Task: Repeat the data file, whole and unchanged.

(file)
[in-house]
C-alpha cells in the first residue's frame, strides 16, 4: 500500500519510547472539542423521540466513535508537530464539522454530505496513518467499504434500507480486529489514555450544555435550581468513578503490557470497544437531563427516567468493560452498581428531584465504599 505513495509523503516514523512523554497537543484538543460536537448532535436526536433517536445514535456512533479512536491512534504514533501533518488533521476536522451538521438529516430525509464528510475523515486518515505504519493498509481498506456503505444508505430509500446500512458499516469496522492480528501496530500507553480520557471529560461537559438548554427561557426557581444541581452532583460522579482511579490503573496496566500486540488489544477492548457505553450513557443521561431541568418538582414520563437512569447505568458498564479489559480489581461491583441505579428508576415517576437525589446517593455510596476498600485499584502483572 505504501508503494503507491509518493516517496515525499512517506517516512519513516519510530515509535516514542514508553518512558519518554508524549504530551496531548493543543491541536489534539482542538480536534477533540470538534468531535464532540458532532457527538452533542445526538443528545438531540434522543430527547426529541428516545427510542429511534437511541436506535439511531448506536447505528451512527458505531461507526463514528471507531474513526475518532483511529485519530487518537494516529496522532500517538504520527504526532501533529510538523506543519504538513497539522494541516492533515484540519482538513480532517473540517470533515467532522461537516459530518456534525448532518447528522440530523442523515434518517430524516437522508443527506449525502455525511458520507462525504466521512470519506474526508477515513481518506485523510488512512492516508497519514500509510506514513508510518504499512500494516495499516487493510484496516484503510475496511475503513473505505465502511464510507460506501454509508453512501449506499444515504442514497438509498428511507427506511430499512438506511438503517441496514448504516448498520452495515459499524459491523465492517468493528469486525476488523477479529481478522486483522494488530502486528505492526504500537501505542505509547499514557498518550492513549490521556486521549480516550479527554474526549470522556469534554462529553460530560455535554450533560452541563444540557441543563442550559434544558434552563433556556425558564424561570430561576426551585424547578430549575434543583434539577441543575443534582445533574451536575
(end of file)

[in-house]
C-alpha cells in the first residue's frame, strides 16, 4: 500500500519510547472539542423521540466513535508537530464539522454530505496513518467499504434500507480486529489514555450544555435550581468513578503490557470497544437531563427516567468493560452498581428531584465504599 505513495509523503516514523512523554497537543484538543460536537448532535436526536433517536445514535456512533479512536491512534504514533501533518488533521476536522451538521438529516430525509464528510475523515486518515505504519493498509481498506456503505444508505430509500446500512458499516469496522492480528501496530500507553480520557471529560461537559438548554427561557426557581444541581452532583460522579482511579490503573496496566500486540488489544477492548457505553450513557443521561431541568418538582414520563437512569447505568458498564479489559480489581461491583441505579428508576415517576437525589446517593455510596476498600485499584502483572 505504501508503494503507491509518493516517496515525499512517506517516512519513516519510530515509535516514542514508553518512558519518554508524549504530551496531548493543543491541536489534539482542538480536534477533540470538534468531535464532540458532532457527538452533542445526538443528545438531540434522543430527547426529541428516545427510542429511534437511541436506535439511531448506536447505528451512527458505531461507526463514528471507531474513526475518532483511529485519530487518537494516529496522532500517538504520527504526532501533529510538523506543519504538513497539522494541516492533515484540519482538513480532517473540517470533515467532522461537516459530518456534525448532518447528522440530523442523515434518517430524516437522508443527506449525502455525511458520507462525504466521512470519506474526508477515513481518506485523510488512512492516508497519514500509510506514513508510518504499512500494516495499516487493510484496516484503510475496511475503513473505505465502511464510507460506501454509508453512501449506499444515504442514497438509498428511507427506511430499512438506511438503517441496514448504516448498520452495515459499524459491523465492517468493528469486525476488523477479529481478522486483522494488530502486528505492526504500537501505542505509547499514557498518550492513549490521556486521549480516550479527554474526549470522556469534554462529553460530560455535554450533560452541563444540557441543563442550559434544558434552563433556556425558564424561570430561576426551585424547578430549575434543583434539577441543575443534582445533574451536575